The right wing of a newly described primitive bird.
Photo courtesy of Oliver Rauhut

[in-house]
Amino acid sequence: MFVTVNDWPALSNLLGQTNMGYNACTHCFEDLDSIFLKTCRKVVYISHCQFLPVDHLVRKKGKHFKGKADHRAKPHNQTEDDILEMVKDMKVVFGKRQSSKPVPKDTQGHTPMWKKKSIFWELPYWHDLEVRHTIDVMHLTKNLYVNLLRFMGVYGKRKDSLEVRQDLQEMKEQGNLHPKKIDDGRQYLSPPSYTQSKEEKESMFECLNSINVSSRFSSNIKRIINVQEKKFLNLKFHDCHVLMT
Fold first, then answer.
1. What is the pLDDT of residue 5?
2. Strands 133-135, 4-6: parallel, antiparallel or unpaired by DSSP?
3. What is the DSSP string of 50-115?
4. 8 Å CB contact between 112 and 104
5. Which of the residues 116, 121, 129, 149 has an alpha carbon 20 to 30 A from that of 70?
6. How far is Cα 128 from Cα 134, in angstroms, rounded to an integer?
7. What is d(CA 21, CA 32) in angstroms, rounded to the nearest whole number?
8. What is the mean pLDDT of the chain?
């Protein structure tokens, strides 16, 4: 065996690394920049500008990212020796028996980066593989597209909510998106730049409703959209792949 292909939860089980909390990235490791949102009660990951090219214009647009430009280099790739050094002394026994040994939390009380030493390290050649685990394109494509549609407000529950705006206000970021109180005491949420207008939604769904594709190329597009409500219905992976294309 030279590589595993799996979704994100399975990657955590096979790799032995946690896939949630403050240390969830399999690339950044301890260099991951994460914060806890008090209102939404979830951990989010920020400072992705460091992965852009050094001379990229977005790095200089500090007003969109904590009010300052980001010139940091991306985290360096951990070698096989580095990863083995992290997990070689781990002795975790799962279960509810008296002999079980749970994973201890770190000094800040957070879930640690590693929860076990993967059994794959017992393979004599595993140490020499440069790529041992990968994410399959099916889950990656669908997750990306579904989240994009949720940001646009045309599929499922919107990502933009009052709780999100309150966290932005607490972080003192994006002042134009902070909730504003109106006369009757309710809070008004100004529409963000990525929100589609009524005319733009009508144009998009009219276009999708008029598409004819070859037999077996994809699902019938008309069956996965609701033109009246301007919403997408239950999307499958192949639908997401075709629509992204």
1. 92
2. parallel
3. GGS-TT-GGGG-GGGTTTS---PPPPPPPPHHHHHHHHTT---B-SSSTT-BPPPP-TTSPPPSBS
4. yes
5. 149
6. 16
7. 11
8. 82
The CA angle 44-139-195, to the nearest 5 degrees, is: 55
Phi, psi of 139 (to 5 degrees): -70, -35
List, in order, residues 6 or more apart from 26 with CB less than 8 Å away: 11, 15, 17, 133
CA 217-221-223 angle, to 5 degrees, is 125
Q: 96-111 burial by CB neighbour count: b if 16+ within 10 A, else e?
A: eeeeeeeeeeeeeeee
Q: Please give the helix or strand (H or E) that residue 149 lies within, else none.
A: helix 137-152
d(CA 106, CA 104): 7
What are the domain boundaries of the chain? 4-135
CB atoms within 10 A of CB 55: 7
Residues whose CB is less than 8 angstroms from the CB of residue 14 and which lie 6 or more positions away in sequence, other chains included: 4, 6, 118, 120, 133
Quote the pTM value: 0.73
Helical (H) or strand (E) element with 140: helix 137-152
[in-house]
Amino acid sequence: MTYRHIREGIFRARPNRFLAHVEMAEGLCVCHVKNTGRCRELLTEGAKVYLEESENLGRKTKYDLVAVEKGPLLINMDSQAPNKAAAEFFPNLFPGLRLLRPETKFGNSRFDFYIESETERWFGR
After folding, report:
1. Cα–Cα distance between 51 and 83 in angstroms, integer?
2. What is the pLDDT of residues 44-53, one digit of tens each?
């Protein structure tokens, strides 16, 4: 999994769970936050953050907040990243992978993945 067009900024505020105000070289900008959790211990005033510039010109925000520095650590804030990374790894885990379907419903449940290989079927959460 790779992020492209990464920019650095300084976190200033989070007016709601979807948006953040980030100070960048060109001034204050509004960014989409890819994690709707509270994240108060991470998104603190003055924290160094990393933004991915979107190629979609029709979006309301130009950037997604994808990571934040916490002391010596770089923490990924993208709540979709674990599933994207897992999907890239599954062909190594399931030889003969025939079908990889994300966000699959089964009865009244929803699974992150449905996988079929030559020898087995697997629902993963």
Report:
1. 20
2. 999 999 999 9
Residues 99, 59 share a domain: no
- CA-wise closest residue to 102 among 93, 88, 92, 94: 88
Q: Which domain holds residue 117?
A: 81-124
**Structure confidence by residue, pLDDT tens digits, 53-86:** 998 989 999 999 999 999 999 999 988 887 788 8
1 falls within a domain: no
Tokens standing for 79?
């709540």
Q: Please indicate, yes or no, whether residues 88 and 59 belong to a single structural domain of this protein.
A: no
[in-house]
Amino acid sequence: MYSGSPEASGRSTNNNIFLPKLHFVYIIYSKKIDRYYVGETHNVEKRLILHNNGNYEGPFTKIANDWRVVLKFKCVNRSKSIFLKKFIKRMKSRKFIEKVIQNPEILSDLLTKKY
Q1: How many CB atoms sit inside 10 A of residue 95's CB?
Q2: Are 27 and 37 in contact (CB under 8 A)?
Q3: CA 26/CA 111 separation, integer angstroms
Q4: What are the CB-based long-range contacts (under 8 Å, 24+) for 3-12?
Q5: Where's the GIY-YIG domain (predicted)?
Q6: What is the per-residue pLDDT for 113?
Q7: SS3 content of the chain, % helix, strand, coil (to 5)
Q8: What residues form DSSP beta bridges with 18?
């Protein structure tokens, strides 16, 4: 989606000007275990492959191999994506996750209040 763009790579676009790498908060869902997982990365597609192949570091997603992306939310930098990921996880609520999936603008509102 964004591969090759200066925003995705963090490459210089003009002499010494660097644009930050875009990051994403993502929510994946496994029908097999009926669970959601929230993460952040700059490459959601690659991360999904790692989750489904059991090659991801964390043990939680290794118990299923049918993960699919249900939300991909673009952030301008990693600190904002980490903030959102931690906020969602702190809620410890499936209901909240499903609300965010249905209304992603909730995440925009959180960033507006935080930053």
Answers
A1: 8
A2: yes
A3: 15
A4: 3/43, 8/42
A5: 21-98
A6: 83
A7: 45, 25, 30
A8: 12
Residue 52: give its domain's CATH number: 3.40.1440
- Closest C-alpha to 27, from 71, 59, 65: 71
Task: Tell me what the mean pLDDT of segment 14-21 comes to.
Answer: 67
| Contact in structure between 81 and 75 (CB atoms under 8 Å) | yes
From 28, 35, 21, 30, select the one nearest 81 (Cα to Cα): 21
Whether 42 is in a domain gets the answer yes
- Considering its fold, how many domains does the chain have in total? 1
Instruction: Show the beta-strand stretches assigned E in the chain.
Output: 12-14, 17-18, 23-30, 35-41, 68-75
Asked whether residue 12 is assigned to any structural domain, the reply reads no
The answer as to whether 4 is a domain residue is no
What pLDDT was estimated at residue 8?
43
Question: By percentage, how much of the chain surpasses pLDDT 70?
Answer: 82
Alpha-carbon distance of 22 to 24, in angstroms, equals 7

Nicholas CarterPhilip J. CurrieThe assortment of prehistoric birds is constantly growing. For many folks, the line between avian and non-avian dinosaur is often drawn at the famous Archaeopteryx, long held as the first ‘true’ bird. Many proto-bird discoveries over the past few decades, however, have knocked ‘Arky off its perch, and this month has seen the description of a new one.Alcmonavis, described by Oliver Rauhut and colleagues, is the latest in small feathered dinosaurs (Rauhut et al., 2019). This bird was found in the same limestone rocks in Germany that yield Archaeopteryx as well, but unlike some of the spectacularly complete specimens of that dinosaur, Alcmonavis is only known from a single right wing.The bones of this wing, however, are distinctly different from that of Archaeopteryx. It looks like Alcmonavis had much larger muscle attachment points and strongly-built digits on its wing bones than its more famous contemporary. Like modern flying birds, Alcmonavis had enlarged crests on its limb bones that allowed for stronger muscles to power the down-stroke of the wing, one of the more energy-demanding parts of flight. Modern birds also have fused ‘hand bones’, with the second digit being the most robust and the others reduced to splints or less. While Alcmonavis doesn’t have this fusion in its hand bones, its second digit is much larger than the others, showing a crucial step in the evolution of the avian wing. This tell us that Alcmonavis is actually a slightly more advanced bird than Archaeopteryx, and was probably a more competent flyer as well.Alcmonavis is also a much larger bird, being 220% larger than the smallest Archaeopteryx ever found and 111% larger than the biggest Archeaopteryx. Perhaps, in order to avoid direct competition, the size and flight abilities of Alcmonavis allowed it to go after different sorts of prey or habitats than Archaeopteryx. Who knows what other primitive birds await our discovery in the German quarries. As more and more are found, perhaps Archaeopteryx won’t be viewed as the benchmark for birddom by future generations. In the grand scheme of things, though, it hopefully won’t lose its importance to the history of science.Upcoming Philip J. Currie Dinosaur Museum EventsMay 31, 10:00 AM – 4:00 PM: Dino Story Time. Join us once a month for a live reading of a story hand-picked by our Dino Team. This month’s theme is best friends! We will be reading “How to take care of your dinosaur” and doing a craft to give to your best friend!June 1, 6:00 PM – 8:00 PM: Summer Jams featuring b2.June 6, 6:00 PM: The River of Death and Discovery Dinosaur Museum Society will hold its Annual General Meeting on Thursday, June 6, 2019 at 6:00pm. All society members in good standing are invited to attend and participate in growing Alberta’s newest dinosaur museum.June 7, 9:00 AM – 4:00 PM: Looking for something to do on those long days off from school? Come spend the day at the Philip J. Currie Dinosaur Museum’s PD Day camp and enjoy a day full of dinosaur-themed fun!June 15, 6:00 PM – 8:00 PM: Summer Jams featuring Matt PattershukJune 22, 1:00 PM – 3:00 PM: Fossil Identification Day. Come and learn about fossils in your area from a paleontologist. Join Assistant Curator, Derek Larson and learn about Alberta’s fossil heritage. Bring your fossils along for identification.June 22, 3:00 PM – 4:00 PM: Lecture Series with Paul Hvenegaard – Monitering the Bull Trout Spawning Run in Lynx Creek. This ACA sponsored lecture will include project highlights that define spawning areas, determine spawning frequency and fidelity, as well as highlight the conservation importance of Lynx Creek.Try your hand at working with real dinosaur bones. The Fossil Preparation Lab Volunteer program is running Tuesdays-Thursdays and the first Saturday of the month from 10 a.m. to 5 p.m., and Fridays from 1–7 p.m. For a posted schedule, see dinomuseum.ca/programs/public-programs/fossil-preparation-lab/.